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PLoS One. 2014 Feb 28;9(2):e88773. doi: 10.1371/journal.pone.0088773. eCollection 2014.

Game-theoretic methods for functional response and optimal foraging behavior.

Author information

Department of Mathematics, Wilfrid Laurier University, Waterloo, Ontario, Canada.
Institute of Entomology, Biology Centre, Academy of Sciences of the Czech Republic, and Faculty of Science, University of South Bohemia, České Budějovice, Czech Republic.
Department of Biological Sciences, University of Illinois at Chicago, Chicago, United States of America.
MTA-ELTE Theoretical Biology and Evolutionary Ecology Research Group and Department of Plant Systematics, Ecology and Theoretical Biology, Eötvös Loránd University, Budapest, Hungary.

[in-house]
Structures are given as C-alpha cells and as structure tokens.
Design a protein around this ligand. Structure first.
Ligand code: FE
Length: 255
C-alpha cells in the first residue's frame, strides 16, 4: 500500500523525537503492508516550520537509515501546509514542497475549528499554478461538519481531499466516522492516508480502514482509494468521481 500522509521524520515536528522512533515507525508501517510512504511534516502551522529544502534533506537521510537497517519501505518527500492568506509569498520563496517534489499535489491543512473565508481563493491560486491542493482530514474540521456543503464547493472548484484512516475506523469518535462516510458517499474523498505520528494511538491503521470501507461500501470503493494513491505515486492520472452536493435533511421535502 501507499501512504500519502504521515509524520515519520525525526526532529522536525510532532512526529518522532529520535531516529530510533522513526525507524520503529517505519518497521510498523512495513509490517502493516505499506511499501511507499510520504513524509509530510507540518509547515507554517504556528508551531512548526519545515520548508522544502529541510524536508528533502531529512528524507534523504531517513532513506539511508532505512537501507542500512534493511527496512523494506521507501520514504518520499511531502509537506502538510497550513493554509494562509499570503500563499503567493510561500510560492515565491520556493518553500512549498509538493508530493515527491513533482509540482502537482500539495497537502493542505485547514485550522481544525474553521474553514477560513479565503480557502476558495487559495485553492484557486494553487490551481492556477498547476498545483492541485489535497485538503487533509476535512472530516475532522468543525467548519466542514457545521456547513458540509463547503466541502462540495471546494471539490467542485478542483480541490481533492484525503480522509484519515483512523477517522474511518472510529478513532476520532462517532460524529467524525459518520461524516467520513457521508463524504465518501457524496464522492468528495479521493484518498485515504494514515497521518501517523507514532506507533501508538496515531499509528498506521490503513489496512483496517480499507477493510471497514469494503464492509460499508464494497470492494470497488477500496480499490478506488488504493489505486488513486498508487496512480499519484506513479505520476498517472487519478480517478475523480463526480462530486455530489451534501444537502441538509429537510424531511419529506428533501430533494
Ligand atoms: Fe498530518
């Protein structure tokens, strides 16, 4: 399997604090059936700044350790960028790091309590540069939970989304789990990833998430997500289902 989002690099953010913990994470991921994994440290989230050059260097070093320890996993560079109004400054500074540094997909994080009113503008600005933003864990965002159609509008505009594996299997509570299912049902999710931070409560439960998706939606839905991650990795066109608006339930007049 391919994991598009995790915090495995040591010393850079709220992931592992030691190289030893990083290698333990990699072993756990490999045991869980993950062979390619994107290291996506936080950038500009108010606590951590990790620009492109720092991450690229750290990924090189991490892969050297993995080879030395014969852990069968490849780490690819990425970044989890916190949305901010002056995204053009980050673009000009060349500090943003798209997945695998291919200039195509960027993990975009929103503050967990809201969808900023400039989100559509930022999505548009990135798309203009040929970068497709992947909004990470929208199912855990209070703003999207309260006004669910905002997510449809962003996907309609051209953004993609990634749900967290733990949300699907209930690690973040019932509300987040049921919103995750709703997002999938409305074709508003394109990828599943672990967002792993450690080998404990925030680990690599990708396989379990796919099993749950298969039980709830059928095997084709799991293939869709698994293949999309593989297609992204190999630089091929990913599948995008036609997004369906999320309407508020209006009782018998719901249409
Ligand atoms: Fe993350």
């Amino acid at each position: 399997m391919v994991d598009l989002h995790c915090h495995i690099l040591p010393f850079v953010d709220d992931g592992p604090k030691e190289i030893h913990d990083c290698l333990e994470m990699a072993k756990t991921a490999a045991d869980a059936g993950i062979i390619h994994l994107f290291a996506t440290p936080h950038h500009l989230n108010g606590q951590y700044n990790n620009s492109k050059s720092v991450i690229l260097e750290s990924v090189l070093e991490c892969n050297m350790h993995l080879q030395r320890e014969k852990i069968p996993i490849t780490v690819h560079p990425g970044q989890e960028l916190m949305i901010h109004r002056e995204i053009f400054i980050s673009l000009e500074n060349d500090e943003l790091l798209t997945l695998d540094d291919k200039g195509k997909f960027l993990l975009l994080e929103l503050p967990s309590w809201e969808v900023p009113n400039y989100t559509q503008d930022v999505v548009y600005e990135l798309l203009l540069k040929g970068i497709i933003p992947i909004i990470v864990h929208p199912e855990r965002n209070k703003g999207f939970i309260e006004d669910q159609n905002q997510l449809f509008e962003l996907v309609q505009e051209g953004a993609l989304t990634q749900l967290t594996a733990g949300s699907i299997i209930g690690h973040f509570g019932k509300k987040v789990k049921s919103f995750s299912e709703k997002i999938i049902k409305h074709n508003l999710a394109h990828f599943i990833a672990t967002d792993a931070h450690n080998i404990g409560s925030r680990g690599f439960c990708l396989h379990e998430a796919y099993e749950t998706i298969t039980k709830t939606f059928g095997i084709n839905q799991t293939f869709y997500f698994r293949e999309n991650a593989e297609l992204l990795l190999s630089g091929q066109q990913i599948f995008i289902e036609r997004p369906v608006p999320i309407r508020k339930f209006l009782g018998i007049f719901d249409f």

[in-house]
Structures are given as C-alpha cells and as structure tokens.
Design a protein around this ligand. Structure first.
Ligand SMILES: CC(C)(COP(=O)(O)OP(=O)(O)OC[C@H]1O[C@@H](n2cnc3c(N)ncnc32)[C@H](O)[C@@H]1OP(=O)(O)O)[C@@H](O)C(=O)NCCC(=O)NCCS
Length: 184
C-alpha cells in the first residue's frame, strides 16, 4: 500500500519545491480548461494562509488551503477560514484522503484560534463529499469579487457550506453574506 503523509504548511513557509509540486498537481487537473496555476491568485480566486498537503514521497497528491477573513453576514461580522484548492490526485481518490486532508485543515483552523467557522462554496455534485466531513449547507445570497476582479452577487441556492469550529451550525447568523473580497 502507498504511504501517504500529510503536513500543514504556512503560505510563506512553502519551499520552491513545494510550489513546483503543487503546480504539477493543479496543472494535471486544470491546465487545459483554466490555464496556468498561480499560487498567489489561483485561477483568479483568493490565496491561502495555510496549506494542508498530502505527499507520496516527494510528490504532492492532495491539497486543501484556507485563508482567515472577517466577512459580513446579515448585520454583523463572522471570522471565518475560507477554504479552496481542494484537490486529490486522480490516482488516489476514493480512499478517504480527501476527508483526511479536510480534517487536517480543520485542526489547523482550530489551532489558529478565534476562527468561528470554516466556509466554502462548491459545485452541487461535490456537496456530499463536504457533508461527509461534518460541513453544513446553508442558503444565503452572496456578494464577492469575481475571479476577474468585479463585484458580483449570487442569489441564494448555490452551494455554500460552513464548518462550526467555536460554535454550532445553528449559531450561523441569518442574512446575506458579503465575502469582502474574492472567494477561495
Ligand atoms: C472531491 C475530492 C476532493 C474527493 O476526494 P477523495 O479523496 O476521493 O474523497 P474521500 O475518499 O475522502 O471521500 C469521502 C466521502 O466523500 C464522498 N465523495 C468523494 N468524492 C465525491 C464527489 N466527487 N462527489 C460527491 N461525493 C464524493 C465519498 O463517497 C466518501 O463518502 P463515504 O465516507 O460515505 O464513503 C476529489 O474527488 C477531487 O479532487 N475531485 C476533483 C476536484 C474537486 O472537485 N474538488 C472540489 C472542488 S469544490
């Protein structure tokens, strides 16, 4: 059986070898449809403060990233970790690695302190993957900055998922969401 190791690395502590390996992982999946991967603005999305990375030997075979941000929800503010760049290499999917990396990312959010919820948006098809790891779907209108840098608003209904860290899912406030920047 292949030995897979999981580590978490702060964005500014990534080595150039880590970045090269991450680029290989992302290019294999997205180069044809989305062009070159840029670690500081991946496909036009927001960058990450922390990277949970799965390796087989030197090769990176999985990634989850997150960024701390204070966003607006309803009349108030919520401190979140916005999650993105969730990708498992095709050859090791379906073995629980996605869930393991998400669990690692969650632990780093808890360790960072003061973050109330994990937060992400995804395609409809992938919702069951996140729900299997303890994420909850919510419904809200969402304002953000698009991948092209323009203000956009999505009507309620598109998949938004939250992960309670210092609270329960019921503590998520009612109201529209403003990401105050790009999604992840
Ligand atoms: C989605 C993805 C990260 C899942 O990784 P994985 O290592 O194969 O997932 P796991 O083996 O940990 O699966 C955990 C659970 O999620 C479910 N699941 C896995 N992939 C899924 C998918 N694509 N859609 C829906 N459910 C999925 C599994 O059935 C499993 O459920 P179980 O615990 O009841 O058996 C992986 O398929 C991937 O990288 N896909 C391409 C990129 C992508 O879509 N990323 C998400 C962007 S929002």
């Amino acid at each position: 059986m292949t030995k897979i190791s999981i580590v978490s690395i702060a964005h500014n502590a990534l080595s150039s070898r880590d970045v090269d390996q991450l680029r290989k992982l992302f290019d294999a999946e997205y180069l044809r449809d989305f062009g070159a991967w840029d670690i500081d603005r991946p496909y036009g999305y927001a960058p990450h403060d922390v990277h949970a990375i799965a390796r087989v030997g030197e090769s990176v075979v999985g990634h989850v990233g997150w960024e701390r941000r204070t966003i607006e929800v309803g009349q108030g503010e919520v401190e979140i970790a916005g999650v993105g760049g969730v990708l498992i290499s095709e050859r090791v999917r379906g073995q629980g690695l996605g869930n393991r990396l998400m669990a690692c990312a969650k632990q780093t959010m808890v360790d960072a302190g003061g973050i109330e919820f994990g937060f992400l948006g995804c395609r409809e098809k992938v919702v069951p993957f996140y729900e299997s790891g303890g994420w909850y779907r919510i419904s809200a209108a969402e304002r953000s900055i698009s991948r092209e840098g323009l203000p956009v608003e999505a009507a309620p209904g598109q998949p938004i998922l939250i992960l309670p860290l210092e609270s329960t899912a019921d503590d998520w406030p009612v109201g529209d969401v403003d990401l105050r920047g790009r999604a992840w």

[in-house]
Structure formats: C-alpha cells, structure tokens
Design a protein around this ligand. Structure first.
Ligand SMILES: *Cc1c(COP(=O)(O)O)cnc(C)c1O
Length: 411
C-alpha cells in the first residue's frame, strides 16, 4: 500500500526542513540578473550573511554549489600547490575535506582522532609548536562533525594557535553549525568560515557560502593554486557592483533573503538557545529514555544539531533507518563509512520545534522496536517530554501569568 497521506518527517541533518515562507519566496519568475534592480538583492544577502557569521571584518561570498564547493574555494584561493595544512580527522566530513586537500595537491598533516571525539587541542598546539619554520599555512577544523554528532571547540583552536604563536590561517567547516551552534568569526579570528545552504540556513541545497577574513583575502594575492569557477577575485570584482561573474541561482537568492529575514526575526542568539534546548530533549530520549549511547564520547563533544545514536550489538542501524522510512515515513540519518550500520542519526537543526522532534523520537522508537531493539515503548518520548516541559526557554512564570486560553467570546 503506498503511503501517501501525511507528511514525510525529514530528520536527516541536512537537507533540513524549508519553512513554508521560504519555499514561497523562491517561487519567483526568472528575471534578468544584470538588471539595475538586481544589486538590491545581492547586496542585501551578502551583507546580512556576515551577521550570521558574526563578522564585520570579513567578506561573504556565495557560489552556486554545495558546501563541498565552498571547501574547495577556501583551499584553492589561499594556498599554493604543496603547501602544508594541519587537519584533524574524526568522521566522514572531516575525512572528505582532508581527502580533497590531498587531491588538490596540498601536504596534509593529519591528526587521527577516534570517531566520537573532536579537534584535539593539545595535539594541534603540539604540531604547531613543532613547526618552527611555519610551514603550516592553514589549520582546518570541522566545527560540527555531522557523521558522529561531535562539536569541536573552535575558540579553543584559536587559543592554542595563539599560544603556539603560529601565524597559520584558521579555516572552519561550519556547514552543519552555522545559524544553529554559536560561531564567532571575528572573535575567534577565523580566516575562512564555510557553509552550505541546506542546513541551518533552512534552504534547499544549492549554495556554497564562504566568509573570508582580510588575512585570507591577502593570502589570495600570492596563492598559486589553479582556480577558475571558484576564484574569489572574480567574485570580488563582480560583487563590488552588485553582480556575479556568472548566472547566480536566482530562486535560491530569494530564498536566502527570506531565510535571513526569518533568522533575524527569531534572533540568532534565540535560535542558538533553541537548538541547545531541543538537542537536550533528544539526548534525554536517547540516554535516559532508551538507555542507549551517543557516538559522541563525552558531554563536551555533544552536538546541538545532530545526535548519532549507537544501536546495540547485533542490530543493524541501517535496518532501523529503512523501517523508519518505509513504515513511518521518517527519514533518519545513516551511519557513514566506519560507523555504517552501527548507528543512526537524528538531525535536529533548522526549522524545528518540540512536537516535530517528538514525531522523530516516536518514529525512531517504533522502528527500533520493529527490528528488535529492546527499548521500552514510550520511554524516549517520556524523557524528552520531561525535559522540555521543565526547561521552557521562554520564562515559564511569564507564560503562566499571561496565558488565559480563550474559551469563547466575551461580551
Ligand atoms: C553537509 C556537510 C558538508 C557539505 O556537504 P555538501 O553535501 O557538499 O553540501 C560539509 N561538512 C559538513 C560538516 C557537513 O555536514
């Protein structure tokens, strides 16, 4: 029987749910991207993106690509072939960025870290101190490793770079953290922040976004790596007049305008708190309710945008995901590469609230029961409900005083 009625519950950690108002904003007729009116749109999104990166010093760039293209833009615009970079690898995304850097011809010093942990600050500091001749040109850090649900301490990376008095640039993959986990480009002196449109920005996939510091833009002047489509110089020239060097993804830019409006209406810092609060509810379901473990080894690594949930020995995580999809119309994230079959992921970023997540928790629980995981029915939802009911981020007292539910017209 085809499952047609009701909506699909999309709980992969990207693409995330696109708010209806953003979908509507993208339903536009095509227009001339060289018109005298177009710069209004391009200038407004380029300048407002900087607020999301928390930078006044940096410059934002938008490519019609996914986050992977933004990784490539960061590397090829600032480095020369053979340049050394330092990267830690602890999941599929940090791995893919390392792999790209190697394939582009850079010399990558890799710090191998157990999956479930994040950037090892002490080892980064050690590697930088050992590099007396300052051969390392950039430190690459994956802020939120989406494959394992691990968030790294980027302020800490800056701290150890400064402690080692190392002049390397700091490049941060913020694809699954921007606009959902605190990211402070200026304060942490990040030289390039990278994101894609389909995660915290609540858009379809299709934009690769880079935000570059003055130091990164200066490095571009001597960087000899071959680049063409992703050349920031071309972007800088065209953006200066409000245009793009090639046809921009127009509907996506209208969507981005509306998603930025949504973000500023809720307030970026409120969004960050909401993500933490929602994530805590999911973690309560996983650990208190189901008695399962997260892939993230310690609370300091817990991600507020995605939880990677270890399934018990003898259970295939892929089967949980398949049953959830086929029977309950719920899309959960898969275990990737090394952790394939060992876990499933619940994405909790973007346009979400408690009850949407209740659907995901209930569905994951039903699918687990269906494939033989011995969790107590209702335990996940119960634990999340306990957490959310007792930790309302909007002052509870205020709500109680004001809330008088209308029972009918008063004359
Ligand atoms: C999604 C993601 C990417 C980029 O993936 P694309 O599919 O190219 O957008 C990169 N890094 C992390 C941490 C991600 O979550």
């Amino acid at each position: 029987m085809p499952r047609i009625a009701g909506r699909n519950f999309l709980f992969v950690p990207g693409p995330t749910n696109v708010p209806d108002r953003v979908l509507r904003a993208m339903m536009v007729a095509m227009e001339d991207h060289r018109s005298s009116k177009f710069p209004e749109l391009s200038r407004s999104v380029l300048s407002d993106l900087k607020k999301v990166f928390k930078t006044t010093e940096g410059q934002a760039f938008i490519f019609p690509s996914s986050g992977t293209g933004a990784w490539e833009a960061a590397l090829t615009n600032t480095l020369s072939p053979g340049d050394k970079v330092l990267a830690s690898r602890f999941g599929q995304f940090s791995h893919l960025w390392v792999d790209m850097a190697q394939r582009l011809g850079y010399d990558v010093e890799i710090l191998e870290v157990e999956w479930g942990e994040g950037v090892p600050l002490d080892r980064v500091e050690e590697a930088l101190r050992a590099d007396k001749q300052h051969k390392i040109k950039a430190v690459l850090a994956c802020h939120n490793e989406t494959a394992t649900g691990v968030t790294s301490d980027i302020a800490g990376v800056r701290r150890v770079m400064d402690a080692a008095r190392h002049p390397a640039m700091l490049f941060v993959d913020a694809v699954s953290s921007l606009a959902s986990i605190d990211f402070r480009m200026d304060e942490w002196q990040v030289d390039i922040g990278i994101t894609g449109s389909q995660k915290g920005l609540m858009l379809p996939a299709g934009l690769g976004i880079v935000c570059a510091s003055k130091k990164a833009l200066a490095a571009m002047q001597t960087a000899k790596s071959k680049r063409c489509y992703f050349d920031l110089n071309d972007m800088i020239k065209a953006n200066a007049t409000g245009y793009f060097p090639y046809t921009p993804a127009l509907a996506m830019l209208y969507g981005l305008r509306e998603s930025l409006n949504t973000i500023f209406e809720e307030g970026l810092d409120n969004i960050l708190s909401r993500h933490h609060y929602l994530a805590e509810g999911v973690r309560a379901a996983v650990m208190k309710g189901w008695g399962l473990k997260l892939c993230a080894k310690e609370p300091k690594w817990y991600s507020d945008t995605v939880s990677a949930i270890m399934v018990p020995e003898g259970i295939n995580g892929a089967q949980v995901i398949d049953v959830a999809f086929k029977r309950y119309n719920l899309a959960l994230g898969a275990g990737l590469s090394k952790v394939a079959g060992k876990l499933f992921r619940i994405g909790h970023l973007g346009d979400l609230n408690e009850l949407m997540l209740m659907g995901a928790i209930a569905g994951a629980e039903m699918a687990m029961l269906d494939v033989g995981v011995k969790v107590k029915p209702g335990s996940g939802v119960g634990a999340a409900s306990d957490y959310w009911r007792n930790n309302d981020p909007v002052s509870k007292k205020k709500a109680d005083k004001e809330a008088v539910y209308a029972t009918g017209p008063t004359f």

We develop a decision tree based game-theoretical approach for constructing functional responses in multi-prey/multi-patch environments and for finding the corresponding optimal foraging strategies. Decision trees provide a way to describe details of predator foraging behavior, based on the predator's sequence of choices at different decision points, that facilitates writing down the corresponding functional response. It is shown that the optimal foraging behavior that maximizes predator energy intake per unit time is a Nash equilibrium of the underlying optimal foraging game. We apply these game-theoretical methods to three scenarios: the classical diet choice model with two types of prey and sequential prey encounters, the diet choice model with simultaneous prey encounters, and a model in which the predator requires a positive recognition time to identify the type of prey encountered. For both diet choice models, it is shown that every Nash equilibrium yields optimal foraging behavior. Although suboptimal Nash equilibrium outcomes may exist when prey recognition time is included, only optimal foraging behavior is stable under evolutionary learning processes.

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